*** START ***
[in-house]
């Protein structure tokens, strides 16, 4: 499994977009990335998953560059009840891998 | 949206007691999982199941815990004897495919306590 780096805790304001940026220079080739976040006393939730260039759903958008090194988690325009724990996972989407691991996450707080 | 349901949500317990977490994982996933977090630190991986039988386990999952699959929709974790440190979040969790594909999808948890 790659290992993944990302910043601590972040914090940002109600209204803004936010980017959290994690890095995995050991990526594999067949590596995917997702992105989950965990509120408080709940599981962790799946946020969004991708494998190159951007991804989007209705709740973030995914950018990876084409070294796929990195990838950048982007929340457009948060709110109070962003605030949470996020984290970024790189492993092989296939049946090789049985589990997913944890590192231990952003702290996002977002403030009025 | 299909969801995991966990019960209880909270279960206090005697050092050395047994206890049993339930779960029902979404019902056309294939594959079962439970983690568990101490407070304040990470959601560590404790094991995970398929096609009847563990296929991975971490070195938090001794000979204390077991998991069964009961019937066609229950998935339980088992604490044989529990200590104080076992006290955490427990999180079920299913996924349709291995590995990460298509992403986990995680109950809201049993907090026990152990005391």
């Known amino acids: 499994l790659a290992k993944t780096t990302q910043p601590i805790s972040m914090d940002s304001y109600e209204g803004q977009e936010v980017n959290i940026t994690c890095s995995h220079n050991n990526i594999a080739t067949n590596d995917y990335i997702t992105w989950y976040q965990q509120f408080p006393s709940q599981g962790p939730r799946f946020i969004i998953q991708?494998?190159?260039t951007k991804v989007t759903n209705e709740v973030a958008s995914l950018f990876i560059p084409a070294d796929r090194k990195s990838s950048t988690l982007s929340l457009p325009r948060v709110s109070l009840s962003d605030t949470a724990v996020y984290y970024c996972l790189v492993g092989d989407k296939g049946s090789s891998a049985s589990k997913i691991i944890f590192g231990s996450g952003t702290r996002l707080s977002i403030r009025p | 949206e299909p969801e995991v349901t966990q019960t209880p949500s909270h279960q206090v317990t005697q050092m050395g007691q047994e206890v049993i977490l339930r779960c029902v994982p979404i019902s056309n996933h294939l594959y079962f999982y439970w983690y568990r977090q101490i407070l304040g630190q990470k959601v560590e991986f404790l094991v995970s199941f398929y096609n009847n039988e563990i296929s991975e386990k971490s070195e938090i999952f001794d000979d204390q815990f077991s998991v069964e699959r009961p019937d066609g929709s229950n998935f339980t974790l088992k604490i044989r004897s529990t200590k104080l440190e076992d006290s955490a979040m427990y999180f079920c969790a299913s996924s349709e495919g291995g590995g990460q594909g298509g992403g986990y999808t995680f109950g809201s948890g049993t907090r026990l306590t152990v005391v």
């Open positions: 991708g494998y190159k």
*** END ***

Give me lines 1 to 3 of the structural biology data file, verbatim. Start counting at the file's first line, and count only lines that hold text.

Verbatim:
[in-house]
């Protein structure tokens, strides 16, 4: 499994977009990335998953560059009840891998 | 949206007691999982199941815990004897495919306590 780096805790304001940026220079080739976040006393939730260039759903958008090194988690325009724990996972989407691991996450707080 | 349901949500317990977490994982996933977090630190991986039988386990999952699959929709974790440190979040969790594909999808948890 790659290992993944990302910043601590972040914090940002109600209204803004936010980017959290994690890095995995050991990526594999067949590596995917997702992105989950965990509120408080709940599981962790799946946020969004991708494998190159951007991804989007209705709740973030995914950018990876084409070294796929990195990838950048982007929340457009948060709110109070962003605030949470996020984290970024790189492993092989296939049946090789049985589990997913944890590192231990952003702290996002977002403030009025 | 299909969801995991966990019960209880909270279960206090005697050092050395047994206890049993339930779960029902979404019902056309294939594959079962439970983690568990101490407070304040990470959601560590404790094991995970398929096609009847563990296929991975971490070195938090001794000979204390077991998991069964009961019937066609229950998935339980088992604490044989529990200590104080076992006290955490427990999180079920299913996924349709291995590995990460298509992403986990995680109950809201049993907090026990152990005391």
């Known amino acids: 499994l790659a290992k993944t780096t990302q910043p601590i805790s972040m914090d940002s304001y109600e209204g803004q977009e936010v980017n959290i940026t994690c890095s995995h220079n050991n990526i594999a080739t067949n590596d995917y990335i997702t992105w989950y976040q965990q509120f408080p006393s709940q599981g962790p939730r799946f946020i969004i998953q991708?494998?190159?260039t951007k991804v989007t759903n209705e709740v973030a958008s995914l950018f990876i560059p084409a070294d796929r090194k990195s990838s950048t988690l982007s929340l457009p325009r948060v709110s109070l009840s962003d605030t949470a724990v996020y984290y970024c996972l790189v492993g092989d989407k296939g049946s090789s891998a049985s589990k997913i691991i944890f590192g231990s996450g952003t702290r996002l707080s977002i403030r009025p | 949206e299909p969801e995991v349901t966990q019960t209880p949500s909270h279960q206090v317990t005697q050092m050395g007691q047994e206890v049993i977490l339930r779960c029902v994982p979404i019902s056309n996933h294939l594959y079962f999982y439970w983690y568990r977090q101490i407070l304040g630190q990470k959601v560590e991986f404790l094991v995970s199941f398929y096609n009847n039988e563990i296929s991975e386990k971490s070195e938090i999952f001794d000979d204390q815990f077991s998991v069964e699959r009961p019937d066609g929709s229950n998935f339980t974790l088992k604490i044989r004897s529990t200590k104080l440190e076992d006290s955490a979040m427990y999180f079920c969790a299913s996924s349709e495919g291995g590995g990460q594909g298509g992403g986990y999808t995680f109950g809201s948890g049993t907090r026990l306590t152990v005391v």